Suncorp Group Limited, based in Australia and founded in 1902, is a good example of an insurer using new, digital-inspired applications to streamline its business. Five years ago, it overhauled its insurance claims assessment process, implementing a digital application-like form that allowed customers to make claims online. It later automated the process, using IBM Watson to analyze the circumstances of each claim and determine liability. Results were so accurate that the company now processes half of all claims using this “zero-touch” methodology.
Experimenting on New Products
Insurers have used the cloud’s strength and flexibility to do more than develop and deploy consumer-friendly apps. The cloud has also allowed them to experiment.
Rather than spending months, if not years, creating a product that may or may not fit the insurer’s needs, IT teams can develop a prototype for a new product in days. Perhaps an old-line insurer wants to try out features for a new customer pricing portal for an existing project. Teams can spin up options, present them to a small set of customers for instant feedback and tweak the portal until it meets the insurer’s specifications. Then, when the customer feedback function uncovers preferences for new click-flows or sharper descriptions, developers can update the portal on an ongoing basis.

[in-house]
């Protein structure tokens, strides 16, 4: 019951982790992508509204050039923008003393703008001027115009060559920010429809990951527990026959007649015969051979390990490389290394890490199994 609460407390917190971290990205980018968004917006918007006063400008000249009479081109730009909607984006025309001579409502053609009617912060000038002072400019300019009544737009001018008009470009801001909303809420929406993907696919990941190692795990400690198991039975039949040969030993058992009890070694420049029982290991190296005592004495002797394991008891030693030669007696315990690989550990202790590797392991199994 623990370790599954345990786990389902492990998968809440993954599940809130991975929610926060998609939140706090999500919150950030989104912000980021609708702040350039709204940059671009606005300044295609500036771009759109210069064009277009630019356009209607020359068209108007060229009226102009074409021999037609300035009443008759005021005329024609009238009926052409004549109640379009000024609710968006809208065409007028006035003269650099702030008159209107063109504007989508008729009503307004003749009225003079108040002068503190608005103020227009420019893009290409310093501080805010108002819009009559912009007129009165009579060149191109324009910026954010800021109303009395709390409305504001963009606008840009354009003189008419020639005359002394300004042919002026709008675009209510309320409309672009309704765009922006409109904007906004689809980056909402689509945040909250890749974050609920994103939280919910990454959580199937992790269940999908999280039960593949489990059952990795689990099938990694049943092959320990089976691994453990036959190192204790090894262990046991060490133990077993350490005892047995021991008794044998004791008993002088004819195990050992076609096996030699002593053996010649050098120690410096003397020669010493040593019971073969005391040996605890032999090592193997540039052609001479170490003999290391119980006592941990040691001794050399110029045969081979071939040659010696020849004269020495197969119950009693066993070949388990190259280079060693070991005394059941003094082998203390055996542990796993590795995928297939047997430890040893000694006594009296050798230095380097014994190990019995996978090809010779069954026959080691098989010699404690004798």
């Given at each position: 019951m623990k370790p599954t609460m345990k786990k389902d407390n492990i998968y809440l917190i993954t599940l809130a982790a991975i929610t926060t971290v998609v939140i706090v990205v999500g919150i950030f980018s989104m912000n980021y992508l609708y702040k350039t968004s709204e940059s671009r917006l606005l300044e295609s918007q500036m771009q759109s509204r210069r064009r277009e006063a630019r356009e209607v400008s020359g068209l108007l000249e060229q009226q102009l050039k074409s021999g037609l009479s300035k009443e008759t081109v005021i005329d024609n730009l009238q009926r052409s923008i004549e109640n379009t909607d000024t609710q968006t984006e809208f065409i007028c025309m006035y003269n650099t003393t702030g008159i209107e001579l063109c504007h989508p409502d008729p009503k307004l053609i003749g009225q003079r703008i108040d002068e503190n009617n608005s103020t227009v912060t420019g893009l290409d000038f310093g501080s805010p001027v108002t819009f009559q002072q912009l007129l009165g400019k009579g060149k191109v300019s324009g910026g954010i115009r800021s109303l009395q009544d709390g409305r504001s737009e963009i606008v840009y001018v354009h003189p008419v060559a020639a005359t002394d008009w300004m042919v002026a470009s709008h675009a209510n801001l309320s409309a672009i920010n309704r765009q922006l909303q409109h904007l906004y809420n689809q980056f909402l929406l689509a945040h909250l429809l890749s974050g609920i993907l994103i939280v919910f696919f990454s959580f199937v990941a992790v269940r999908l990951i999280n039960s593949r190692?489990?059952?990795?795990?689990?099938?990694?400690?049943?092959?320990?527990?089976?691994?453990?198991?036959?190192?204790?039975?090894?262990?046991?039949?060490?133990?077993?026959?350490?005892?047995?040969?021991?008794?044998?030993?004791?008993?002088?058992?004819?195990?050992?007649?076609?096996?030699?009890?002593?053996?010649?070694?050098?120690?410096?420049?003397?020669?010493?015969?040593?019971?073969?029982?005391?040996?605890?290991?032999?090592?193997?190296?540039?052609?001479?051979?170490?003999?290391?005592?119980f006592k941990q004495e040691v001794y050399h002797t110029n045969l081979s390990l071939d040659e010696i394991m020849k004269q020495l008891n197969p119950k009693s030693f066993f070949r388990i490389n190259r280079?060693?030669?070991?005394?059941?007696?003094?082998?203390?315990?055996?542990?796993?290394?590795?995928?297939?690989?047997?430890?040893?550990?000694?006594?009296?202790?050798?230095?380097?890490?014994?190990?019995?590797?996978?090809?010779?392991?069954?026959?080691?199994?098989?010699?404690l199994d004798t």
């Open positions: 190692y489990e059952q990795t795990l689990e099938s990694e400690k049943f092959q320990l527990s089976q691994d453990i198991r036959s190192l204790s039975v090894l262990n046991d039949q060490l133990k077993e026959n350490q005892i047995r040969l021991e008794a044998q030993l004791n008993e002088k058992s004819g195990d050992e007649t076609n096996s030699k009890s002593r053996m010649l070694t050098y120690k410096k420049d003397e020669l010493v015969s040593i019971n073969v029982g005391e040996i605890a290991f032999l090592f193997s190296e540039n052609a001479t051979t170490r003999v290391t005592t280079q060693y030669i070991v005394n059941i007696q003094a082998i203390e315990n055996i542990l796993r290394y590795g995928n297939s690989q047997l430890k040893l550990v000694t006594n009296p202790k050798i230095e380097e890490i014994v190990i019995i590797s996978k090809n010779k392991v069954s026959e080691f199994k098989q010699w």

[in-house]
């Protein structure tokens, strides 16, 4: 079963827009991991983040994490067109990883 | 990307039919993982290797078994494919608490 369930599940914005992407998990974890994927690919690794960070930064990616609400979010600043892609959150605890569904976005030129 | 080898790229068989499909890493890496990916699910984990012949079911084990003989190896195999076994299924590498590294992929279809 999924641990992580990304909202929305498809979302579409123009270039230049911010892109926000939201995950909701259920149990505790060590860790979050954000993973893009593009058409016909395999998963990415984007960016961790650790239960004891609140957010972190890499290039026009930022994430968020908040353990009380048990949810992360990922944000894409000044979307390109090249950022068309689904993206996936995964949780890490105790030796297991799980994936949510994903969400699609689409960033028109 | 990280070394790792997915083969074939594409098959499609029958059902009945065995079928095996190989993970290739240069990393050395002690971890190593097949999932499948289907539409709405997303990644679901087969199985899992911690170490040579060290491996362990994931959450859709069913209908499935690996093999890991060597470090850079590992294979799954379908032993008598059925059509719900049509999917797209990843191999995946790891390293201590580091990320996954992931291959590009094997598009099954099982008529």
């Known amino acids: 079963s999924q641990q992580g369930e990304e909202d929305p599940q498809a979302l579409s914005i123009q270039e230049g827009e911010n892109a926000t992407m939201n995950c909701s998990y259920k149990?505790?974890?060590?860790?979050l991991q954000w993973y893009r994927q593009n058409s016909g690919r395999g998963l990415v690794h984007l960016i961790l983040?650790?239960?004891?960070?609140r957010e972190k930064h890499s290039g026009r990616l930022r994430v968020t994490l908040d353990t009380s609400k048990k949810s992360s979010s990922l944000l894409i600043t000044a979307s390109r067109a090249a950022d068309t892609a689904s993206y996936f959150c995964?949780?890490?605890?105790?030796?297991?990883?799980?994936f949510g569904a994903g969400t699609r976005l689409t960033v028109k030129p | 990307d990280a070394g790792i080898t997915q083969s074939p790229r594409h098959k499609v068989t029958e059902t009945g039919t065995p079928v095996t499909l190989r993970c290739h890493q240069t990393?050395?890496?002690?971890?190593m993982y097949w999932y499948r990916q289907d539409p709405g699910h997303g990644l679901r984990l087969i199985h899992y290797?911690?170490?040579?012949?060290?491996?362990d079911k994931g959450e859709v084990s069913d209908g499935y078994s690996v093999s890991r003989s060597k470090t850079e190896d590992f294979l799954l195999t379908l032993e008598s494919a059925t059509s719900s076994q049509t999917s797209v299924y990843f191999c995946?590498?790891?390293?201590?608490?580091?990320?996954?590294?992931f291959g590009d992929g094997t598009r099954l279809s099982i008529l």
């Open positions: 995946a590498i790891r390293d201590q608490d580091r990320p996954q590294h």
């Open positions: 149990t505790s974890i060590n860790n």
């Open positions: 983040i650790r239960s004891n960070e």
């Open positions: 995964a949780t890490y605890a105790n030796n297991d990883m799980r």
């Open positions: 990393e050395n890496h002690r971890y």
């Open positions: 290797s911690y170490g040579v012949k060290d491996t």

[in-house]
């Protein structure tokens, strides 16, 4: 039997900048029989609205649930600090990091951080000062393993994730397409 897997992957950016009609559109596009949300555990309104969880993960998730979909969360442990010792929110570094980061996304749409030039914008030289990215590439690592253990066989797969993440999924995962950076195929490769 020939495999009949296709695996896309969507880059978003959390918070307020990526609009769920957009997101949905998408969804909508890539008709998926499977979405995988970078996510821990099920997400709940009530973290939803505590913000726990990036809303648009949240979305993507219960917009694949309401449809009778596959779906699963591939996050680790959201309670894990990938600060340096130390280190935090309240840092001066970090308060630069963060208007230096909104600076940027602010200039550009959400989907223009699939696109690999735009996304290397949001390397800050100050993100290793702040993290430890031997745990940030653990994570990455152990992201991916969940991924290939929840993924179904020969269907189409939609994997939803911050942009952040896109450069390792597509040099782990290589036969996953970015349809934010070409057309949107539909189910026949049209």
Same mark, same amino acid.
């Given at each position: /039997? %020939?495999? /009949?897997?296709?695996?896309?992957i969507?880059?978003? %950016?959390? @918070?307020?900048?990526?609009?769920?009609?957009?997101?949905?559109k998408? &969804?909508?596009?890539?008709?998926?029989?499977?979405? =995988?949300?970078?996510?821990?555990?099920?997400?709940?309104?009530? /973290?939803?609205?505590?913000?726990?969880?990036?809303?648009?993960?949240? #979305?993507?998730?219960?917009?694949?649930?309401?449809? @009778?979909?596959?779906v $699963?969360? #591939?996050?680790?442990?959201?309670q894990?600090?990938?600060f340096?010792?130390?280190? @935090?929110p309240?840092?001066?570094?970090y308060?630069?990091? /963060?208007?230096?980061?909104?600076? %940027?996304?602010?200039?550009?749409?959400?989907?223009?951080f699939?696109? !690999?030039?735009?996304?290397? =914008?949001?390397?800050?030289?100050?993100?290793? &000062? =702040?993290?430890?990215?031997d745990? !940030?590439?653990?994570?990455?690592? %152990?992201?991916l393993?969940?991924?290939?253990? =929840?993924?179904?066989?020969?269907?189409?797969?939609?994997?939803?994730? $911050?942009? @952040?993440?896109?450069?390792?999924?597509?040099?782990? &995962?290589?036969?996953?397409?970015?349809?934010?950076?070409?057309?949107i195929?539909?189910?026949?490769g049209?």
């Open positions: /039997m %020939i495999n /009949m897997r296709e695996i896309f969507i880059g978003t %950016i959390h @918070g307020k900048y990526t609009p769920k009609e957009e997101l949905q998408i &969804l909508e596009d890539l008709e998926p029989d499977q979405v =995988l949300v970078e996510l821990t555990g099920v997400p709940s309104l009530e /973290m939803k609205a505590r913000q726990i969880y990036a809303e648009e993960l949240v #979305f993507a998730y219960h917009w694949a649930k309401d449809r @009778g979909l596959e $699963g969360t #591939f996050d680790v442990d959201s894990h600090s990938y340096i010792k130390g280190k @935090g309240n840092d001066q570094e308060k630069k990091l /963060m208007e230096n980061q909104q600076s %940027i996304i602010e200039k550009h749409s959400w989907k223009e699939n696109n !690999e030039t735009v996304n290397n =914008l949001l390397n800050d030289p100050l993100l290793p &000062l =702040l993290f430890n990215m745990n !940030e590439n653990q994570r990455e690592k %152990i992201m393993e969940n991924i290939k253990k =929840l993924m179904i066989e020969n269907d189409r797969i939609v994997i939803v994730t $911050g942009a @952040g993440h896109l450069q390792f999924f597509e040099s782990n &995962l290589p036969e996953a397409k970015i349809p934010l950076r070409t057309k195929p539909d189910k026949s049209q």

Insurance companies pride themselves on their ability to execute efficient business strategies that serve customers and maintain a healthy bottom line. For a long time, that meant staying conservative with technology and business tactics. Today, insurers are facing increasing competition – from their own ranks and from new entrants into the market. By using the cloud to streamline processes and make better use of the data they already collect, insurers can position themselves better to compete over the long haul.